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By: Outsider http://blogs.reuters.com/small-business/2010/12/13/5-lessons-businesses-can-learn-from-wikileaks/comment-page-1/#comment-2893 Tue, 14 Dec 2010 21:26:47 +0000 http://blogs.reuters.com/small-business/?p=3384#comment-2893 The truth is that no information, no matter what media it is on, is 100% secure. By now, everyone should know that. You can do what you can to make it more secure than it was, but you will never get to 100%.

So be ready when it gets out. That’s all you can really do.

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By: duodave http://blogs.reuters.com/small-business/2010/12/13/5-lessons-businesses-can-learn-from-wikileaks/comment-page-1/#comment-2892 Tue, 14 Dec 2010 20:22:10 +0000 http://blogs.reuters.com/small-business/?p=3384#comment-2892 Speaking of phones, text messaging business information, leaks or even gossip can be a bad thing. Anyone can have phone records seized with a warrant and read anything defamatory that could have been said in text messages. Of course, you could get wiretapped or if you’re really paranoid there’s the issue of hacking a cell phone via bluetooth, but those are probably less of an issue than getting your texts seized or intercepted.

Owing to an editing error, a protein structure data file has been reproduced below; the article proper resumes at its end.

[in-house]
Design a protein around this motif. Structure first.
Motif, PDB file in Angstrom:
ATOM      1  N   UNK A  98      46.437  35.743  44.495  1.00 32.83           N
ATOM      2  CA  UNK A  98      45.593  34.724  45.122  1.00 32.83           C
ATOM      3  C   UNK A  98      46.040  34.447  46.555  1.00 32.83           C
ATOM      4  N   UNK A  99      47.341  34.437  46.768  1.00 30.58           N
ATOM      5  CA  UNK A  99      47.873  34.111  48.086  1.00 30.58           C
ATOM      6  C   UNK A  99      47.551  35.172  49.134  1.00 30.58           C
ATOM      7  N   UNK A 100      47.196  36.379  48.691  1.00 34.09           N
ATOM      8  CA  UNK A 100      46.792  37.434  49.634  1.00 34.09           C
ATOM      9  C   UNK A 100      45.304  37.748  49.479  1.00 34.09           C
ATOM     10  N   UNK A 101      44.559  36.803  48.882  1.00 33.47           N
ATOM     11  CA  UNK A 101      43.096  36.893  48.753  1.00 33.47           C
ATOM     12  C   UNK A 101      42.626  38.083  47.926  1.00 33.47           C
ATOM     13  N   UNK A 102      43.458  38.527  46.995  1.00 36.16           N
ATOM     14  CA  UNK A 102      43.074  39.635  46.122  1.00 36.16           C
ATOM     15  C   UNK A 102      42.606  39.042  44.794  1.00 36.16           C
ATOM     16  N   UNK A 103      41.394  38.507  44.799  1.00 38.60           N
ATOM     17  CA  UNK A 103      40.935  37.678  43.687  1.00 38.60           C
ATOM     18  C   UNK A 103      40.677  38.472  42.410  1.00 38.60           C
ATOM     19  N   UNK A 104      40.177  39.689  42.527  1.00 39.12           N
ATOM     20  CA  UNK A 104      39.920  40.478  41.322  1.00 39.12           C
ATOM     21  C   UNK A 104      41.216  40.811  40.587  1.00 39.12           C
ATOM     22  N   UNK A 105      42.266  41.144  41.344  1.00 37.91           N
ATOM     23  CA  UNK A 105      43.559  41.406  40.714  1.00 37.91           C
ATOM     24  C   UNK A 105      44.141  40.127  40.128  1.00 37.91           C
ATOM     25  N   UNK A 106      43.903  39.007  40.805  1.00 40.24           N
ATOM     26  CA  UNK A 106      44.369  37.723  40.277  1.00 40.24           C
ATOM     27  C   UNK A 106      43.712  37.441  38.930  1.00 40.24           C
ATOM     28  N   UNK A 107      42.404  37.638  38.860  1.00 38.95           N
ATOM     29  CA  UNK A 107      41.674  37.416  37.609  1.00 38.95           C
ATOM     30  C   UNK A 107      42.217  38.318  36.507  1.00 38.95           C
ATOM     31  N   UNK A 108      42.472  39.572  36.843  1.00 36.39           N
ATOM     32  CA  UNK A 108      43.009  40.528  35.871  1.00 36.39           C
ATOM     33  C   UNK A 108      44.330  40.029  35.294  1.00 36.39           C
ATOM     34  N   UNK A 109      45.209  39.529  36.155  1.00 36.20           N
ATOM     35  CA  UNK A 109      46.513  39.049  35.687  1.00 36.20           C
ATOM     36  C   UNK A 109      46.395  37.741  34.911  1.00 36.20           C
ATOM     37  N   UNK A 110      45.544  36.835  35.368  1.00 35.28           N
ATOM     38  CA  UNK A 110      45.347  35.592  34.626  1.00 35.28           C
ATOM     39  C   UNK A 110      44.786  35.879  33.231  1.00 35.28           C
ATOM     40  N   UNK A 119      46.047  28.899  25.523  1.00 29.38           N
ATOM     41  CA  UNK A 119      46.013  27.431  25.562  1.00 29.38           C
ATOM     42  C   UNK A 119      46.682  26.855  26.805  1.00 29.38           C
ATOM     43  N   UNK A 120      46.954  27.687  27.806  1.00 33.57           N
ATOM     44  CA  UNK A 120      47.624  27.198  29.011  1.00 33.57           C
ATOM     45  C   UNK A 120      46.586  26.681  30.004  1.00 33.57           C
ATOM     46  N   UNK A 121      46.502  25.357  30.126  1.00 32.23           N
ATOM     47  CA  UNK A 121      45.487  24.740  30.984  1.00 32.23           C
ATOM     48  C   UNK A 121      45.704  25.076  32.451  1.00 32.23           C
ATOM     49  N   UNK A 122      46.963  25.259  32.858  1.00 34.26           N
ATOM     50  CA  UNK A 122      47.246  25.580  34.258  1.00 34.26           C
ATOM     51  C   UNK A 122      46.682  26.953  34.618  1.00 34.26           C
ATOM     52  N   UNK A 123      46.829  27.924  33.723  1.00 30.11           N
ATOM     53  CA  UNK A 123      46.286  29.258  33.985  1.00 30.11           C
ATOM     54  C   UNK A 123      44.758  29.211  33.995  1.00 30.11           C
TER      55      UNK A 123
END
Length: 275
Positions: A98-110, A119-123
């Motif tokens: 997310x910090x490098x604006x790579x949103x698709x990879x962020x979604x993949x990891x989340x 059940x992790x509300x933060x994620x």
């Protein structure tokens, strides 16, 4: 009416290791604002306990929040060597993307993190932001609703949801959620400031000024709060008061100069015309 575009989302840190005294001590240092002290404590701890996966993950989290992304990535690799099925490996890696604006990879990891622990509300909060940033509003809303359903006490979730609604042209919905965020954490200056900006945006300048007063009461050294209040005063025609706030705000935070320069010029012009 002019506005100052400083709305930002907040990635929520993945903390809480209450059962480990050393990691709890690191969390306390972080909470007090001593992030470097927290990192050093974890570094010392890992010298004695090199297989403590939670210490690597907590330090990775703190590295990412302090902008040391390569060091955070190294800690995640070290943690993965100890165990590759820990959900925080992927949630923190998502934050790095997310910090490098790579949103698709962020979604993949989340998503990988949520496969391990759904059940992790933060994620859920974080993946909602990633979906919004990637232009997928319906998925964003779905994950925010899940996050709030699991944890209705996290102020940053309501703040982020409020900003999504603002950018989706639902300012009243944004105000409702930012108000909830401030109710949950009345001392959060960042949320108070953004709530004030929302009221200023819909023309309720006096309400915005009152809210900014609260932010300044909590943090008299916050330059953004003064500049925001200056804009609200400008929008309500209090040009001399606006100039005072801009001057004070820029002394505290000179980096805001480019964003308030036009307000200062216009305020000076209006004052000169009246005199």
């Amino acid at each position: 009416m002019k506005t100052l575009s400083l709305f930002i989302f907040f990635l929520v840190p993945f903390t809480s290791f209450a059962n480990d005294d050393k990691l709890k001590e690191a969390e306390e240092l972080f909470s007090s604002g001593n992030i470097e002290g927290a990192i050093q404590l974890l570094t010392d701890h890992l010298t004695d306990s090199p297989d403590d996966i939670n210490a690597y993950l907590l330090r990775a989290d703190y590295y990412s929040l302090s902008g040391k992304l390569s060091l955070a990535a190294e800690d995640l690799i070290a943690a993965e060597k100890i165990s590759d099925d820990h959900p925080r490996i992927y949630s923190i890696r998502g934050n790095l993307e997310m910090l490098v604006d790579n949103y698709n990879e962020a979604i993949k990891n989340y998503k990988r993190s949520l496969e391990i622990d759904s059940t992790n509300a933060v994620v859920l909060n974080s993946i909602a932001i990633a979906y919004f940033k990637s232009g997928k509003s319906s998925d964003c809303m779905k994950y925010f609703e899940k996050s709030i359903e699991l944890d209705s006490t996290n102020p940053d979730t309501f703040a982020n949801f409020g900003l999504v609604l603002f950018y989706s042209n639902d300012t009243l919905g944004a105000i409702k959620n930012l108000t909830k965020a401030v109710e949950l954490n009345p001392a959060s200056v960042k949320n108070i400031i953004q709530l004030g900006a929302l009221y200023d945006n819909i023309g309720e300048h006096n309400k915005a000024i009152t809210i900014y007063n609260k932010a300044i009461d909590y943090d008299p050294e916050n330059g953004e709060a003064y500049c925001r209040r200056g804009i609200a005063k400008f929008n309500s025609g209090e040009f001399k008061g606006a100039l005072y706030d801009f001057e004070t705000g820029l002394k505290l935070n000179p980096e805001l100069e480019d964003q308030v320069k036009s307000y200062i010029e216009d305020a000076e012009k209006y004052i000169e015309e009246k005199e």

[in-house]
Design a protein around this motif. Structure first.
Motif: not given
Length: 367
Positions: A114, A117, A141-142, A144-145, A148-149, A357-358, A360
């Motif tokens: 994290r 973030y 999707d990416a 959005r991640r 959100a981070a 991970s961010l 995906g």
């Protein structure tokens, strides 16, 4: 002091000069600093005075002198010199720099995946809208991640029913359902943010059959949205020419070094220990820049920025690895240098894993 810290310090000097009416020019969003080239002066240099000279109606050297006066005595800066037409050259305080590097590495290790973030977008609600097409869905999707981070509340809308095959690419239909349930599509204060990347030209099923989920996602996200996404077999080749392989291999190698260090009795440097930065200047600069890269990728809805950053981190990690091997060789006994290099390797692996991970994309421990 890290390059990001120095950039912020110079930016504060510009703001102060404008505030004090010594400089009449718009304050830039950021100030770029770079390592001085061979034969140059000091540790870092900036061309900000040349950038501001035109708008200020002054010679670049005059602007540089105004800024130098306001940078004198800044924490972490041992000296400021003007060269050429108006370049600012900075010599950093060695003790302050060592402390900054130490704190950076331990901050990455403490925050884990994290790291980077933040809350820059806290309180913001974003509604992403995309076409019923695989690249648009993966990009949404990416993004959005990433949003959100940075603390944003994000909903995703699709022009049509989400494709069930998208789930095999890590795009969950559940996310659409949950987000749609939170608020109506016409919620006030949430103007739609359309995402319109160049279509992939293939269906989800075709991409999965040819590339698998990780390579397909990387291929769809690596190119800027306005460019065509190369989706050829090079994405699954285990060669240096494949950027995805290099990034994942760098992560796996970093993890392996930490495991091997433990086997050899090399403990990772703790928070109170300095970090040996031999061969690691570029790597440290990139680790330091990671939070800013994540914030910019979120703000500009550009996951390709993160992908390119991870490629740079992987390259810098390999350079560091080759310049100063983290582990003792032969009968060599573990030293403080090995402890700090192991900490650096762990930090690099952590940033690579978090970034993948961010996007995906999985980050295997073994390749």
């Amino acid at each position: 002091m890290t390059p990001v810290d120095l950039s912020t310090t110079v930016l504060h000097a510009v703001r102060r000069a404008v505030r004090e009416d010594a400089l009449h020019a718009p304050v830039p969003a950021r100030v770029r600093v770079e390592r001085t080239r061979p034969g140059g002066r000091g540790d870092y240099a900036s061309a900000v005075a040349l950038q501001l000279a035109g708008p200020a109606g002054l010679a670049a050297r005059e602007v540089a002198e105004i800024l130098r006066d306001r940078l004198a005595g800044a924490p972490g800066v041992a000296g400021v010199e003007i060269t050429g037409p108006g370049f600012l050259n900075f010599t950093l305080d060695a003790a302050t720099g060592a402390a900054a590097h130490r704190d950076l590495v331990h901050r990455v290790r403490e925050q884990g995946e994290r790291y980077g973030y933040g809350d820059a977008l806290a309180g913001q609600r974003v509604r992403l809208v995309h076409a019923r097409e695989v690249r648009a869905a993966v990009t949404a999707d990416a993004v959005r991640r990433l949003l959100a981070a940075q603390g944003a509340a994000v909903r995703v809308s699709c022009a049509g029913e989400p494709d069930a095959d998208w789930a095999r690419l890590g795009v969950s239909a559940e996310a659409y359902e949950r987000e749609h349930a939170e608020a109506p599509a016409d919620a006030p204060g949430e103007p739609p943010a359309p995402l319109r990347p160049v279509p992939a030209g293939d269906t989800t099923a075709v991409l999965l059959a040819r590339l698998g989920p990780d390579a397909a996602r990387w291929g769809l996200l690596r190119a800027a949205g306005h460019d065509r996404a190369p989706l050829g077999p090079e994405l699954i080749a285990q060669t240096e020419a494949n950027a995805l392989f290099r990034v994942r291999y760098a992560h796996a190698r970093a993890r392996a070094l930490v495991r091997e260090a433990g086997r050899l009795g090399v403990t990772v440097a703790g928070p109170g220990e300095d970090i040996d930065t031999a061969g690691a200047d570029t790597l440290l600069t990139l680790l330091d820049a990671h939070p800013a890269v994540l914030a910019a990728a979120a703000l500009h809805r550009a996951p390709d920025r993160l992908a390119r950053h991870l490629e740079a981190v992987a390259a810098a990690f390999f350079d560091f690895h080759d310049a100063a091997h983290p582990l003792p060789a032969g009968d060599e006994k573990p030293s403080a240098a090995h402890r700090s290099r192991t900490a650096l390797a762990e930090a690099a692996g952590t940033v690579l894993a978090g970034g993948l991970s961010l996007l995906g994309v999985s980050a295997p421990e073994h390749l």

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By: JackMack http://blogs.reuters.com/small-business/2010/12/13/5-lessons-businesses-can-learn-from-wikileaks/comment-page-1/#comment-2890 Tue, 14 Dec 2010 19:30:22 +0000 http://blogs.reuters.com/small-business/?p=3384#comment-2890 Perhaps the single most important lesson for managers is actually this: do the right thing. If you do the right thing consistently, then data and information breaches come with fewer consequences. Sure, there are trade secrets that, if released, can cause serious harm to a business, and managers need to take appropriate steps to keep these secure. The real danger to most businesses, however, isn’t the exposure of trade secrets but the exposure of deliberate malfeasance.

Do the right thing, and that danger disappears altogether. Simple. Not necessarily easy, but amazingly simple and completely effective.

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By: lexus http://blogs.reuters.com/small-business/2010/12/13/5-lessons-businesses-can-learn-from-wikileaks/comment-page-1/#comment-2879 Tue, 14 Dec 2010 05:34:53 +0000 http://blogs.reuters.com/small-business/?p=3384#comment-2879 If you’re going to say something nasty about a third paty to a colleague do it on the phone. Business plans should never be left on the computer after they’re finalized; put them on paper, lock them in the vault, and WIPE the hard drives (don’t just delete the files – the information will still be there, easily reclaimed). I’ve been in the compter industry since the 1960s and I haven’t found a computer yet that can’t be hacked. Above all, don’t put the financial data on a network if at all possible, and for the business’s sake, don’t ever connect it to the internet. If you must transmit such data remotely do it over a secure leased line, encrypted.